Next, let’s examine food. According to WebMD the estimated daily caloric intake for a moderately active, middle-aged adult male is 2,500 calories. Keep in mind that 2,500 calories a day is a lot. If you’re not active, or if you are female, or if you are elderly, your caloric intake will be less. You need to do the research for your specific situation. The following diagram will show the amount of food needed to meet daily caloric intake requirement and the cost for a one-month prep for one adult male.

Daily Food Ration
Food Serving Size Calories
Instant Oatmeal
Apples & Cinnamon
2 Packets 320
Honey 2 Tablespoons 130
Granola Bars 2 Bars 190
Cooked white rice 1 Cup 206
Vegetable Beef Soup 2 Cup 360
Lentils, Boiled 1 Cup 230
Cooked white rice 1 Cup 206
Peanut Butter 4 Tablespoons 380
Cracker 4 Squares 100
Canned Peaches 1 Cup 140
Oreo Cookie (Snack Pack) 6 Cookies 320
2582
30 Days Food Requirement
Food Amount Cost
Instant Oatmeal 60 packets $15.00
Dried White Rice 10 lbs. $7.50
Honey 50 oz Jar $14.00
Granola Bars 5 Boxes $15.00
Vegetable Beef Soup 30 Cans $54.00
Lentils, Boiled 6 lbs. $6.00
Peanut Butter 4 16oz Jars $9.00
Cracker 1 box $2.50
Canned Peaches 15 Cans $26.00
Oreo Cookie (Snack Pack) 3 boxes $15.00
$164.00

Obviously, the tastes and preferences of individuals will vary. The purpose here is to show that the ability and costs of prepping are within the average person’s means. It isn’t necessary to buy expensive food buckets to prepare for what may lie ahead. Actually, that would most likely end up as a waste of money. What is needed is that you rationally think about and plan around what your needs are and what event you are planning for. One last calculation, or consideration, is the space needed for your preps. Simply dedicate some space in your home then begin prepping little by little, day by day, month by month. Create a plan and stick to it.

Along this journey, I was reminded of one of the greatest bookkeepers of all time, Joseph. I know. You’re probably thinking; “Joseph? Like the Joseph in the Bible?” Yes, that’s exactly who I am talking about. In the story we learn that Joseph is the ultimate prepper. Pharaoh had a dream in which God shows him, through Joseph’s interpretation, that there will be seven years of plenty followed by seven years of famine. Pharaoh then gives Joseph the job of preparing the nation for the coming calamity.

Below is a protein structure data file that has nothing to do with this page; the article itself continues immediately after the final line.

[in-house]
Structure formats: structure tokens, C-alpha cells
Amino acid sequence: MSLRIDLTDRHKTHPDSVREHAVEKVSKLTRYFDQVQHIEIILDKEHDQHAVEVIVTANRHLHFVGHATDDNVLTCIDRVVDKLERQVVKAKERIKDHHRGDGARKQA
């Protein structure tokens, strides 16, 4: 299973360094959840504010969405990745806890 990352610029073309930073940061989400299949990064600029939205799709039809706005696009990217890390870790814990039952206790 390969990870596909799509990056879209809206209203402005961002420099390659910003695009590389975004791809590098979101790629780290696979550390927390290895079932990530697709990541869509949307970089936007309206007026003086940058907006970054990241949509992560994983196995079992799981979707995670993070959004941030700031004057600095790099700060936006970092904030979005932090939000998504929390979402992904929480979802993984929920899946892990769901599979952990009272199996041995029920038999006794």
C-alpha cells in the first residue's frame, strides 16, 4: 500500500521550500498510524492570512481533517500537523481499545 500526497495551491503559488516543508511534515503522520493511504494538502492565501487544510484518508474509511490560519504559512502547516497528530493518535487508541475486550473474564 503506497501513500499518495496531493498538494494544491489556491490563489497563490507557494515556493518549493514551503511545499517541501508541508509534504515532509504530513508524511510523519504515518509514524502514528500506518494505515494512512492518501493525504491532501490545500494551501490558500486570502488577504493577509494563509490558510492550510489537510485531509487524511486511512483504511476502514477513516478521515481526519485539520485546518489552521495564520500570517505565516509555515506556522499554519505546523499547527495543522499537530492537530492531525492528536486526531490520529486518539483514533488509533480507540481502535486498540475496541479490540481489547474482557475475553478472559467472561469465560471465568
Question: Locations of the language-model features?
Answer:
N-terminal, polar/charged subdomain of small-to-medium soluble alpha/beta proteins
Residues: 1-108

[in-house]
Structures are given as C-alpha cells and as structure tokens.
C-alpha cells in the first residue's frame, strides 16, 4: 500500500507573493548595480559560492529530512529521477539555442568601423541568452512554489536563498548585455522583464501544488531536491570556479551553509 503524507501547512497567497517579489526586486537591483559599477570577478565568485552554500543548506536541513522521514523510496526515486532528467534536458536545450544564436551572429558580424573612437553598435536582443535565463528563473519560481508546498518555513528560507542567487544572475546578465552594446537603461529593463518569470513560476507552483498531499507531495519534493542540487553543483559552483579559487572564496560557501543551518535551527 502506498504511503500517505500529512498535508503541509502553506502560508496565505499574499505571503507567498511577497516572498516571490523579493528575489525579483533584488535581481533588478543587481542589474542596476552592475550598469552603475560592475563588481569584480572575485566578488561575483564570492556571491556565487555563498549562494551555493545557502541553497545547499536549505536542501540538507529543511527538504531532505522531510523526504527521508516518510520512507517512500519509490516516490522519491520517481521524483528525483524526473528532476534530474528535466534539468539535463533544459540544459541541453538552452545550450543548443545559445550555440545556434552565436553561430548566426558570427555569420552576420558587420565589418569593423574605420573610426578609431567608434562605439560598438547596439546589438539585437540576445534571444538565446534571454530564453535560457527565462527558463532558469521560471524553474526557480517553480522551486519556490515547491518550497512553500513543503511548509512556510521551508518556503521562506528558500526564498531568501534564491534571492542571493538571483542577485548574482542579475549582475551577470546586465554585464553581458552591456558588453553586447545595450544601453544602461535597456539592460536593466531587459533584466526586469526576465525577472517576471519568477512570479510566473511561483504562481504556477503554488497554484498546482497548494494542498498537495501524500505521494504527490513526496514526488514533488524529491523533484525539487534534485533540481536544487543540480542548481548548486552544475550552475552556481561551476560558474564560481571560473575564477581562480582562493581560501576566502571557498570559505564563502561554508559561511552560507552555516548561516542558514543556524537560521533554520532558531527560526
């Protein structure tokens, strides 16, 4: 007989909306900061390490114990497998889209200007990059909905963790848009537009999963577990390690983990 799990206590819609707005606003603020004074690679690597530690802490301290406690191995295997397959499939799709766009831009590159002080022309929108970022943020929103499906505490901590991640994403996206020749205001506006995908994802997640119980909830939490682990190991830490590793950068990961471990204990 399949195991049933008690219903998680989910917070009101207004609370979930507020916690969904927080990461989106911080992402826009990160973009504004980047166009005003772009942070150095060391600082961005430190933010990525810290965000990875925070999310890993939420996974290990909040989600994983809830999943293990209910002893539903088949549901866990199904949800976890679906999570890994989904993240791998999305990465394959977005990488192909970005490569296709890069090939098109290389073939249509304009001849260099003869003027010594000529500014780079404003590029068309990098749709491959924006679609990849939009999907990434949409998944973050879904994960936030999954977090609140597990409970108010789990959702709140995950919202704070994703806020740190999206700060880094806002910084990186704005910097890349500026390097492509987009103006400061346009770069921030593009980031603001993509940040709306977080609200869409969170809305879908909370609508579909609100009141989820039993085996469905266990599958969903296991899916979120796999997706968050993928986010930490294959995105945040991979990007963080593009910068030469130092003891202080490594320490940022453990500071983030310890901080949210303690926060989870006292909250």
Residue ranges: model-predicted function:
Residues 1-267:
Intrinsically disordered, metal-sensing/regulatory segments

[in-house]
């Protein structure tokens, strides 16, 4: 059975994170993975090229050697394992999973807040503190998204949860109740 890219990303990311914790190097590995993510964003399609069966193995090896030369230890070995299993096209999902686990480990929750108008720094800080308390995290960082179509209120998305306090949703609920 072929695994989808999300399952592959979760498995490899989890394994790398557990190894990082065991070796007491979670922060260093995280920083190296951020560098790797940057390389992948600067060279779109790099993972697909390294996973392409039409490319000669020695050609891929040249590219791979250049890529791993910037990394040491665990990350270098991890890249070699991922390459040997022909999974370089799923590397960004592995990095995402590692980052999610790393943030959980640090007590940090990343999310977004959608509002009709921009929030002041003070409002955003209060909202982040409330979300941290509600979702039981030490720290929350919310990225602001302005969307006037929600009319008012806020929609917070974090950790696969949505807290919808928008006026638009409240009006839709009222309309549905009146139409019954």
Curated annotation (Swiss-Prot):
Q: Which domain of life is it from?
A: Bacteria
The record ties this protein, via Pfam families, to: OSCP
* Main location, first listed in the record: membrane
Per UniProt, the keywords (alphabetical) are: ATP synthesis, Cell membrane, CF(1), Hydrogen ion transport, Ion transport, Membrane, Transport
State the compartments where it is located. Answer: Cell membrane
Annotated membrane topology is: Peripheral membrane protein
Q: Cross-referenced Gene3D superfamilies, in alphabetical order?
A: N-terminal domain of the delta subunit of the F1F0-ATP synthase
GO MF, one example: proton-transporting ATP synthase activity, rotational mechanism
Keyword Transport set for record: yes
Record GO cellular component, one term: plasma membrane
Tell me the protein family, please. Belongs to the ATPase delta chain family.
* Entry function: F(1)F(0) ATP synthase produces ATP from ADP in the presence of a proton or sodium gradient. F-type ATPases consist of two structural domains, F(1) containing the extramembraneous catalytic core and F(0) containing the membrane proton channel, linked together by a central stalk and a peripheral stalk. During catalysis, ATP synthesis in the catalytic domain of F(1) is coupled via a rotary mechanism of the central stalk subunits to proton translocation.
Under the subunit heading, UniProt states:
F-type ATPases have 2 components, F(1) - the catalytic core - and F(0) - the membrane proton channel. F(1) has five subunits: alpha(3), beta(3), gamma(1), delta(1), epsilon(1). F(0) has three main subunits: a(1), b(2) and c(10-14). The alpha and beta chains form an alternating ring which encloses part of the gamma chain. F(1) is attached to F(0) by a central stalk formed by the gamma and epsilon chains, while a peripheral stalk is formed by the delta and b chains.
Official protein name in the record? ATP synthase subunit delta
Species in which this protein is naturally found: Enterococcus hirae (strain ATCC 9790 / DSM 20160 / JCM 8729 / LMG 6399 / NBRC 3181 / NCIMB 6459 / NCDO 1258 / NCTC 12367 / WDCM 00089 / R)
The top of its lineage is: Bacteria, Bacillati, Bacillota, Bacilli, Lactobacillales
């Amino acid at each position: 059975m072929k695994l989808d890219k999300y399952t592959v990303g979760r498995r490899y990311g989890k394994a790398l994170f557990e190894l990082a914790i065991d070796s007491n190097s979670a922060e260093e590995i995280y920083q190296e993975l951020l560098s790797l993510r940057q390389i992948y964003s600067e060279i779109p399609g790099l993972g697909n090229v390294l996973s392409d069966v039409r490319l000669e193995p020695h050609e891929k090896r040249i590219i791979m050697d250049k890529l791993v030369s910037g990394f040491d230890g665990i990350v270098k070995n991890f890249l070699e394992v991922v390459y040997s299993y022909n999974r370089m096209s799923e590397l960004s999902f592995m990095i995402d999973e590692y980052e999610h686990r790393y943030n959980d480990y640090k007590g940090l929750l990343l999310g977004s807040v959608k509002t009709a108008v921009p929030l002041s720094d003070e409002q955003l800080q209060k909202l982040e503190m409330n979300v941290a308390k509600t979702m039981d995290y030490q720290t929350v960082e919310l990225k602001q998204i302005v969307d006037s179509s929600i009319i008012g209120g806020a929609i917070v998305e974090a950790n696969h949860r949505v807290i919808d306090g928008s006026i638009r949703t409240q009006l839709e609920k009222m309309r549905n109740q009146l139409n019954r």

In the biblical story of Joseph, we learn that he had many great attributes. He was faithful. He was obedient. However, we learn in the story that he had to be a great administrator. You see he was given authority over all of the house of Potiphar. This means that he managed all the affairs of Potiphar. Later he is given authority over all of Egypt, and he is second only to Pharaoh himself. I sort of understand how this works. For many years I have been fortunate enough to work for a gentleman who owns several businesses. My job for him has been to manage his money and report to him the health of his various endeavors. Over the years I have learned something. Many highly successful people are what I would call “Big Picture” people. They are great at seeing the lay of the land and calculating a strategy for moving forward. What they’re not so great at is details. This is where a great bookkeeper/administrator comes in. Every great leader needs someone to handle the details.

One last thing that I have learned that there is one skill which is more valuable than any other. There are many skills which are very beneficial in a SHTF situation. The value of combat skills and/or weapons training are more than obvious. Bushcraft skills such as building shelters, trapping and plant identification would go a long way in SHTF scenarios. However, I believe God has shown me that there is a skill that is more than a skill, it is indeed a calling. That one skill is TEACHING. It is laudable for an individual to learn the many valuable skills that will help him, help his family and even his fellow man in times of need. But the greatest skill must be the ability to pass this knowledge onto others. I believe one could even argue that civilization itself would not exist if we did not teach the next generation all of the skills we have learned and thus give them a better foundation on which they can build a better society. So, my last thought/suggestion is this: Learn, then teach. Oh, and don’t forget to “Prep by the numbers”.